Refereeing and statistics

I always had an affinity with numbers. Numbers and data never frightened me. Instead, they empowered me. I believe data and related statistics in soccer are of great value. Using statistics does empower club management teams and hence they are necessary tools, but no need to say they are not sufficient by themselves for the success of a team. Seeing the business prospect various companies now provide clubs, federations and Leagues with data-based analysis tools as well as the relevant data and statistics. Some of the statistics are also shared with TV broadcasters to inform the spectators, like Whoscored, Soccerbase and Optasports.

Although club management teams have access to mega amounts of data and related statistics – as long as they pay for it – one of most important stakeholders and sometimes the scapegoats of the game, referees, have very little access to data and related statistics. If you look at the statistics during TV broadcasts, the only statistics related to refereeing you will get are the number of goals, fouls, penalty kicks, corner kicks, off-sides, yellow and red cards. If you are lucky, you might learn how much the referee ran during the game. That is it. 

If you look at some websites that provide information about refereeing based on the professional leagues, you can also find out some statistics for the individual referees like average number of yellow cards, red cards, penalty kicks, and fouls as well as home/away win percentages. Aren’t these useful for the referees and leagues? Yes, they are but their use is pretty limited.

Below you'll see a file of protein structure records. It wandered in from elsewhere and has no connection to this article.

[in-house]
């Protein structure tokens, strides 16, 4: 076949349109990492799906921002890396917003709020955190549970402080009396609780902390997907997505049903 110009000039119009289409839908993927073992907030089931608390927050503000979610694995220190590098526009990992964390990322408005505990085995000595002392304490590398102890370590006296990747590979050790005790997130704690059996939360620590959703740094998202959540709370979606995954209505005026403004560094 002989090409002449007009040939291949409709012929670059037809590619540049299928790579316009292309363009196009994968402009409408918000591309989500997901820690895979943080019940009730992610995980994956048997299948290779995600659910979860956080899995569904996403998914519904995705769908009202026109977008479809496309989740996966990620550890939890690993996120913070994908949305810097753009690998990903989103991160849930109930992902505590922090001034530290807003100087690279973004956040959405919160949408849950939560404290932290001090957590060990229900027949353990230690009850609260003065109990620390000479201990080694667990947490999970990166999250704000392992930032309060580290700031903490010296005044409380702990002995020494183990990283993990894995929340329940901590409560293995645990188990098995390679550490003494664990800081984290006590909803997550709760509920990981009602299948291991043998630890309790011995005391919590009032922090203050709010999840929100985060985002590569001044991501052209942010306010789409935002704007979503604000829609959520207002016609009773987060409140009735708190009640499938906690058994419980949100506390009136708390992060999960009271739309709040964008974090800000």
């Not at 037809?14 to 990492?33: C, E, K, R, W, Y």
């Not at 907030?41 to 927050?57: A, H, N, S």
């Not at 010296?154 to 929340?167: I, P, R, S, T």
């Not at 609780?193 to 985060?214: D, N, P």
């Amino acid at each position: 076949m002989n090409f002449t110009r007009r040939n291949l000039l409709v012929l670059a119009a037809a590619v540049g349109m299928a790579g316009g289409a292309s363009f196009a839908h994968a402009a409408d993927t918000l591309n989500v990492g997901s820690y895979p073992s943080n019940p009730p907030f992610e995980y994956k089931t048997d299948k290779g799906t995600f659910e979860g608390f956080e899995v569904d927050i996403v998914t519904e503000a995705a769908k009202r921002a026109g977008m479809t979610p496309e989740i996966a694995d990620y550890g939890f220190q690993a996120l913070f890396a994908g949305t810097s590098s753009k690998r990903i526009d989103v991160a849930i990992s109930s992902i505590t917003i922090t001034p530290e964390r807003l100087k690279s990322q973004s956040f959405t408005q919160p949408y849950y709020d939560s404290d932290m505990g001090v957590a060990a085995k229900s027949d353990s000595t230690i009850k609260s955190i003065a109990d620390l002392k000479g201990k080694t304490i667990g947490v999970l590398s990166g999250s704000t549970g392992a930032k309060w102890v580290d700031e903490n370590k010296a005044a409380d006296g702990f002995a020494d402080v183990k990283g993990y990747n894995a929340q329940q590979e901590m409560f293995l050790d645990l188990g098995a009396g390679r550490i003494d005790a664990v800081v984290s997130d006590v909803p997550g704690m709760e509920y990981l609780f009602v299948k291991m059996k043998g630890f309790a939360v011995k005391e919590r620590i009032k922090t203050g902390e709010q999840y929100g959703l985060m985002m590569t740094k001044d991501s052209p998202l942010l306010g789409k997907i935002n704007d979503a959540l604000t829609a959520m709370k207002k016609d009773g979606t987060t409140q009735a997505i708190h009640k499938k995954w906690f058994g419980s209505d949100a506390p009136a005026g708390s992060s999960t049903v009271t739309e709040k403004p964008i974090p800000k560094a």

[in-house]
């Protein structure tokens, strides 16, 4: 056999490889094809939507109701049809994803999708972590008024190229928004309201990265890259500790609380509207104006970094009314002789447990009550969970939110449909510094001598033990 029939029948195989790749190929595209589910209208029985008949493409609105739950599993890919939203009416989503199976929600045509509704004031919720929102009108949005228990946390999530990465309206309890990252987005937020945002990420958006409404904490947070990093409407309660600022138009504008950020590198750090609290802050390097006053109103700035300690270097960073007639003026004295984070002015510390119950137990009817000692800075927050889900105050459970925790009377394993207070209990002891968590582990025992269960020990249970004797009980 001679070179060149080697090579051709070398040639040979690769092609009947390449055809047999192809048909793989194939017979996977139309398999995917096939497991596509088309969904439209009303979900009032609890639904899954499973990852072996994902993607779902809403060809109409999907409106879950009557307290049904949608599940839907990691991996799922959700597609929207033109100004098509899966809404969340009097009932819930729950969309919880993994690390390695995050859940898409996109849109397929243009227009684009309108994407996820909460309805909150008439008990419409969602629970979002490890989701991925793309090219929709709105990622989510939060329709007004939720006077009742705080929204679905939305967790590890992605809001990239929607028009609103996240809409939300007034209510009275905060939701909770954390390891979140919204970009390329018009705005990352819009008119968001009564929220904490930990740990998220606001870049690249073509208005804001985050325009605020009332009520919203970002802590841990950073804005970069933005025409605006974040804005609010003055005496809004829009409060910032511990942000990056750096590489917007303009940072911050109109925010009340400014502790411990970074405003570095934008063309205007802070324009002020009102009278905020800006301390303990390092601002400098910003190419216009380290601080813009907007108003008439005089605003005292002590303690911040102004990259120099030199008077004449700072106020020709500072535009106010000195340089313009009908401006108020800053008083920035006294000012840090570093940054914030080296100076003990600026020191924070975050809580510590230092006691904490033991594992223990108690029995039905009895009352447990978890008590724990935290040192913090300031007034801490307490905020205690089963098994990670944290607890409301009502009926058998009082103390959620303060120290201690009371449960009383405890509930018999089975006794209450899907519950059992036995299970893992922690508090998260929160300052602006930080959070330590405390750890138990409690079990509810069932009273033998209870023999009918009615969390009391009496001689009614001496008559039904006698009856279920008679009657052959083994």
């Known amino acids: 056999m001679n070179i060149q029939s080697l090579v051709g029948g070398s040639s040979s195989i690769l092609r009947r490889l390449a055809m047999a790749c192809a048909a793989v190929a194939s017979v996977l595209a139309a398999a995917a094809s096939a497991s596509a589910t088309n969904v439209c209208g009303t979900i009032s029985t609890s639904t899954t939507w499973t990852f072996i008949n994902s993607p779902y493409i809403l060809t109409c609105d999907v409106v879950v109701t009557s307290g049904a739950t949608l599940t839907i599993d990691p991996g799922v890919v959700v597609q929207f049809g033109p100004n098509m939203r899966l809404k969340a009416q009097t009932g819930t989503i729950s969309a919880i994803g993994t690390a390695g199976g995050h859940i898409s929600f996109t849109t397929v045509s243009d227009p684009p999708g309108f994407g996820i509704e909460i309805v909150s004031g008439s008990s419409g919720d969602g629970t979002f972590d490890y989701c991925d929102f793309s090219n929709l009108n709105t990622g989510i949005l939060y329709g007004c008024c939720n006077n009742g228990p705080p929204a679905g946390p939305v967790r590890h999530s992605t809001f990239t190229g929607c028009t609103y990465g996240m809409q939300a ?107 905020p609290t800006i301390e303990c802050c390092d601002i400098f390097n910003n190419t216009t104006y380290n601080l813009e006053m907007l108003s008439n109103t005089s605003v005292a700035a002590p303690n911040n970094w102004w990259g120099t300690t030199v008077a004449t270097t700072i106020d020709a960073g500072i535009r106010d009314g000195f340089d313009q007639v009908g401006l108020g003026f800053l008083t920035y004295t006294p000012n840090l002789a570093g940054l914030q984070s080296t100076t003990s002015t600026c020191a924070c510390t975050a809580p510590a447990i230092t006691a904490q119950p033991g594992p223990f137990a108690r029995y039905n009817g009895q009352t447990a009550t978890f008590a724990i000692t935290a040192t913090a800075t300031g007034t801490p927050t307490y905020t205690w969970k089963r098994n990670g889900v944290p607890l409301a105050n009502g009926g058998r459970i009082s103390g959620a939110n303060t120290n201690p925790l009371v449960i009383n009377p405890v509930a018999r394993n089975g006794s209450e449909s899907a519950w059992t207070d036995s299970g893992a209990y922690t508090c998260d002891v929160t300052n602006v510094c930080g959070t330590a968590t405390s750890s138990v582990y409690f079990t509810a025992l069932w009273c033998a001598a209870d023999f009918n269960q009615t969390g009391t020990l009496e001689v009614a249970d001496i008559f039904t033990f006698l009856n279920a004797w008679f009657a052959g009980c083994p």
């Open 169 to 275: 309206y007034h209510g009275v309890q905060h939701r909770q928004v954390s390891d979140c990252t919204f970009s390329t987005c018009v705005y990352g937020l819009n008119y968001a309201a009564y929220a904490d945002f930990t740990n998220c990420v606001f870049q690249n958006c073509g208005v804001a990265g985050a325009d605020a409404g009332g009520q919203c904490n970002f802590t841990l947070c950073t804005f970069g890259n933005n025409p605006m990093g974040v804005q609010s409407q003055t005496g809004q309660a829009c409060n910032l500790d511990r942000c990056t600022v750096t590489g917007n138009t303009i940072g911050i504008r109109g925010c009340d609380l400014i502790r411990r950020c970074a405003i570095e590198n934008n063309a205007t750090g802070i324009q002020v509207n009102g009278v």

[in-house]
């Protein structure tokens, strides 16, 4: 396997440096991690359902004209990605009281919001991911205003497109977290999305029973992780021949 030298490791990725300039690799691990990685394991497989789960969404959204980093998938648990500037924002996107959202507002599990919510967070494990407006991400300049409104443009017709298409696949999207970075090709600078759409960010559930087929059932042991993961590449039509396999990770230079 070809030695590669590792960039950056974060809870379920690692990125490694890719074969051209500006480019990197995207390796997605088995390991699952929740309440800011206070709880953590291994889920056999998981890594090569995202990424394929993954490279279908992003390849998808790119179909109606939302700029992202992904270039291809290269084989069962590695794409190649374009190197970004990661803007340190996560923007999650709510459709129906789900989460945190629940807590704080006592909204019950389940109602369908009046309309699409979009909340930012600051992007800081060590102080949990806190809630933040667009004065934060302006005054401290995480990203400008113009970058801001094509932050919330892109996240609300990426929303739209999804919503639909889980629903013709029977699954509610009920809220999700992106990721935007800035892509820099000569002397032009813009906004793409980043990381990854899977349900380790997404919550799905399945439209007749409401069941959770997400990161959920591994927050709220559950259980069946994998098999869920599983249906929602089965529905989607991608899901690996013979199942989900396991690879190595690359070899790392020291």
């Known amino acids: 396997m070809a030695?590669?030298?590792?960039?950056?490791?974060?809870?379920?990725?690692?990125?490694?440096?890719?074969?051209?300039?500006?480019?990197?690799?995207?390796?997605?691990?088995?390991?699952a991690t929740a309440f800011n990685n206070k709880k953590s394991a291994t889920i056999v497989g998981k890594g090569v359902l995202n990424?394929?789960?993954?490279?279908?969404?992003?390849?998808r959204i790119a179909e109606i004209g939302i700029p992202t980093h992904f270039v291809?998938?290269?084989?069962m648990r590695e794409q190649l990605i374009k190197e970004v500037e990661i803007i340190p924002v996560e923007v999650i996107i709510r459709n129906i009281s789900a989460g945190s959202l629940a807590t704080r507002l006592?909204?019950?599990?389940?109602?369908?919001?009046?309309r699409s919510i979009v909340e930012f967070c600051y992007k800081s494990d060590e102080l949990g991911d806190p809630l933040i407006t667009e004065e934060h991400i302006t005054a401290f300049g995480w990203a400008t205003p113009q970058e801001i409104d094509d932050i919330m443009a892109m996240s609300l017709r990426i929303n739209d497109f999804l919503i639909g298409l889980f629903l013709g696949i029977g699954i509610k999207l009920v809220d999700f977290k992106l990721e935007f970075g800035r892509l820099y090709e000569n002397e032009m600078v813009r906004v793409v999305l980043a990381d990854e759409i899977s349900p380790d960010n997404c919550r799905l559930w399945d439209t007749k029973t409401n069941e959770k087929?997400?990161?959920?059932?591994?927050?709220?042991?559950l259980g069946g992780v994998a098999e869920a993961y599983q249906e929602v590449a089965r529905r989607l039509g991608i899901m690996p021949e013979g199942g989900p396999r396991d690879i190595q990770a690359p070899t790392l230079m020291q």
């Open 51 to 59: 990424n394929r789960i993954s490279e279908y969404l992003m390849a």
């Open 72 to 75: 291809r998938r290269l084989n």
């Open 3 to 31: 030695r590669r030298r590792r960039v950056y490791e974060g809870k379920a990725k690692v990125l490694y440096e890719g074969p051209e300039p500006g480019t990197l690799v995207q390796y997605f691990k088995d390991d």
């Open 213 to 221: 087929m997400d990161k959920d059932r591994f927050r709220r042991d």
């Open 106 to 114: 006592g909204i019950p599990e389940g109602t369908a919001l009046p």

Naturally the statistics companies do not see a demand and hence an opportunity for business to collect and feed data into their system only relevant to refereeing. Some of the data that they might like to gather is rather subjective in nature. The system can tell percentage of correct passes for a player or as a team since that data is based on objective data. Similarly they can collect the data for fouls but not the accuracy of the fouls called or no calls for fouls since they are subjective in nature. There are some statistics based on research showing the percentage of correct foul calls (72%) using three experts to judge. Still, it is based on three experts watching the game or the video and hence very much subjective in nature. Naturally, if you increase the amount of experts, then the percentage might vary.

After the 2018 World Cup, FIFA's Pierluigi Collina claimed that “99.3 percent of "match-changing" decisions were called correctly at the World Cup -- "very, very close to perfection" -- based on assessments by him and other senior ex-referees." Still both the research and the claim are based on experts’ assessments and hence very much subjective in nature. One can easily conclude that subjective decisions should be kept out of the scope of refereeing statistics. One also might ask what other data and related statistics could be useful for the referees.